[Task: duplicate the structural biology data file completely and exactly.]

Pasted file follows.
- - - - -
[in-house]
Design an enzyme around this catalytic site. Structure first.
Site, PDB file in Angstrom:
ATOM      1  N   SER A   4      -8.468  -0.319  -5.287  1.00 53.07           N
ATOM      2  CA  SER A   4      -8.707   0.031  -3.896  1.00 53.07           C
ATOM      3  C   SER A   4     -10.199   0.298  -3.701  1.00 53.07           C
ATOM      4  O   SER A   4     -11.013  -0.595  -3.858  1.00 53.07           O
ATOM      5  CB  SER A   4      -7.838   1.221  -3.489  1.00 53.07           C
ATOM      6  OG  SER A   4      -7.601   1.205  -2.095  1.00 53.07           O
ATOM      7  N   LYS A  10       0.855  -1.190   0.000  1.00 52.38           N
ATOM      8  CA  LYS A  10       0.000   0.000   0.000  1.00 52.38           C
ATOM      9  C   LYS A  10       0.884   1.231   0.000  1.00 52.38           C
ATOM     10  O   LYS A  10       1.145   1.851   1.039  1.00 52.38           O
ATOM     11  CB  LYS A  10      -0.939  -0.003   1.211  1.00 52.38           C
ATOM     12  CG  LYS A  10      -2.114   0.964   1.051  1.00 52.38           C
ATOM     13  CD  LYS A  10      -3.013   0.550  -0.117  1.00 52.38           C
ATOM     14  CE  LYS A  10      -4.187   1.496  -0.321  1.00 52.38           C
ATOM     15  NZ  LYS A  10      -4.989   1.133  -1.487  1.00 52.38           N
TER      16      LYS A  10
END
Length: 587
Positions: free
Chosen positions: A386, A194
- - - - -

[in-house]
Design an enzyme around this catalytic site. Structure first.
Site, PDB file in Angstrom:
ATOM      1  N   SER A   4      -8.468  -0.319  -5.287  1.00 53.07           N
ATOM      2  CA  SER A   4      -8.707   0.031  -3.896  1.00 53.07           C
ATOM      3  C   SER A   4     -10.199   0.298  -3.701  1.00 53.07           C
ATOM      4  O   SER A   4     -11.013  -0.595  -3.858  1.00 53.07           O
ATOM      5  CB  SER A   4      -7.838   1.221  -3.489  1.00 53.07           C
ATOM      6  OG  SER A   4      -7.601   1.205  -2.095  1.00 53.07           O
ATOM      7  N   LYS A  10       0.855  -1.190   0.000  1.00 52.38           N
ATOM      8  CA  LYS A  10       0.000   0.000   0.000  1.00 52.38           C
ATOM      9  C   LYS A  10       0.884   1.231   0.000  1.00 52.38           C
ATOM     10  O   LYS A  10       1.145   1.851   1.039  1.00 52.38           O
ATOM     11  CB  LYS A  10      -0.939  -0.003   1.211  1.00 52.38           C
ATOM     12  CG  LYS A  10      -2.114   0.964   1.051  1.00 52.38           C
ATOM     13  CD  LYS A  10      -3.013   0.550  -0.117  1.00 52.38           C
ATOM     14  CE  LYS A  10      -4.187   1.496  -0.321  1.00 52.38           C
ATOM     15  NZ  LYS A  10      -4.989   1.133  -1.487  1.00 52.38           N
TER      16      LYS A  10
END
Length: 587
Positions: free
Chosen positions: A386, A194